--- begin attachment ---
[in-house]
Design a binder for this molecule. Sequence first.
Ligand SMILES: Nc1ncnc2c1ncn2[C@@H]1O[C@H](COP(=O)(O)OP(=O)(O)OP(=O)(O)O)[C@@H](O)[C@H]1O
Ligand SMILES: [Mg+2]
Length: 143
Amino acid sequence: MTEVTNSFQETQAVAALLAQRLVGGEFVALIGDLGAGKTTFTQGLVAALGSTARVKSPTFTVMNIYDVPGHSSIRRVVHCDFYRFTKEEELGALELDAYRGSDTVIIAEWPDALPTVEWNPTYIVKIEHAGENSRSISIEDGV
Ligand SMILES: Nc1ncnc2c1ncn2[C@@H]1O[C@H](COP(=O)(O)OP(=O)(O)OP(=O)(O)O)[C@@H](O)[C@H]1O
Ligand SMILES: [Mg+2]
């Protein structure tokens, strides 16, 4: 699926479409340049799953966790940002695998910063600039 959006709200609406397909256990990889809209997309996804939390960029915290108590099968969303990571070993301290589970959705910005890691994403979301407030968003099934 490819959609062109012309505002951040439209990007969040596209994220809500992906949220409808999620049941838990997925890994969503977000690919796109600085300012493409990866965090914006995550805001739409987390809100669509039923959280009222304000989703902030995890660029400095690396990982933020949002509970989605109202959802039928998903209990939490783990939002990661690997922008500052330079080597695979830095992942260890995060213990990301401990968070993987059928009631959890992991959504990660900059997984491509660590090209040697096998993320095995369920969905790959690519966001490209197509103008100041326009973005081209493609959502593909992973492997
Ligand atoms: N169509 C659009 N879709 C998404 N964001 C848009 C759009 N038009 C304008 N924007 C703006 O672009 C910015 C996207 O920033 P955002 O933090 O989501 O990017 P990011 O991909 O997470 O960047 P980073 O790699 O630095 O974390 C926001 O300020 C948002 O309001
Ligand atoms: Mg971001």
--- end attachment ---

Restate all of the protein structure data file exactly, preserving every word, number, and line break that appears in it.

[in-house]
Design a binder for this molecule. Sequence first.
Ligand SMILES: Nc1ncnc2c1ncn2[C@@H]1O[C@H](COP(=O)(O)OP(=O)(O)OP(=O)(O)O)[C@@H](O)[C@H]1O
Ligand SMILES: [Mg+2]
Length: 143
Amino acid sequence: MTEVTNSFQETQAVAALLAQRLVGGEFVALIGDLGAGKTTFTQGLVAALGSTARVKSPTFTVMNIYDVPGHSSIRRVVHCDFYRFTKEEELGALELDAYRGSDTVIIAEWPDALPTVEWNPTYIVKIEHAGENSRSISIEDGV
Ligand SMILES: Nc1ncnc2c1ncn2[C@@H]1O[C@H](COP(=O)(O)OP(=O)(O)OP(=O)(O)O)[C@@H](O)[C@H]1O
Ligand SMILES: [Mg+2]
């Protein structure tokens, strides 16, 4: 699926479409340049799953966790940002695998910063600039 959006709200609406397909256990990889809209997309996804939390960029915290108590099968969303990571070993301290589970959705910005890691994403979301407030968003099934 490819959609062109012309505002951040439209990007969040596209994220809500992906949220409808999620049941838990997925890994969503977000690919796109600085300012493409990866965090914006995550805001739409987390809100669509039923959280009222304000989703902030995890660029400095690396990982933020949002509970989605109202959802039928998903209990939490783990939002990661690997922008500052330079080597695979830095992942260890995060213990990301401990968070993987059928009631959890992991959504990660900059997984491509660590090209040697096998993320095995369920969905790959690519966001490209197509103008100041326009973005081209493609959502593909992973492997
Ligand atoms: N169509 C659009 N879709 C998404 N964001 C848009 C759009 N038009 C304008 N924007 C703006 O672009 C910015 C996207 O920033 P955002 O933090 O989501 O990017 P990011 O991909 O997470 O960047 P980073 O790699 O630095 O974390 C926001 O300020 C948002 O309001
Ligand atoms: Mg971001």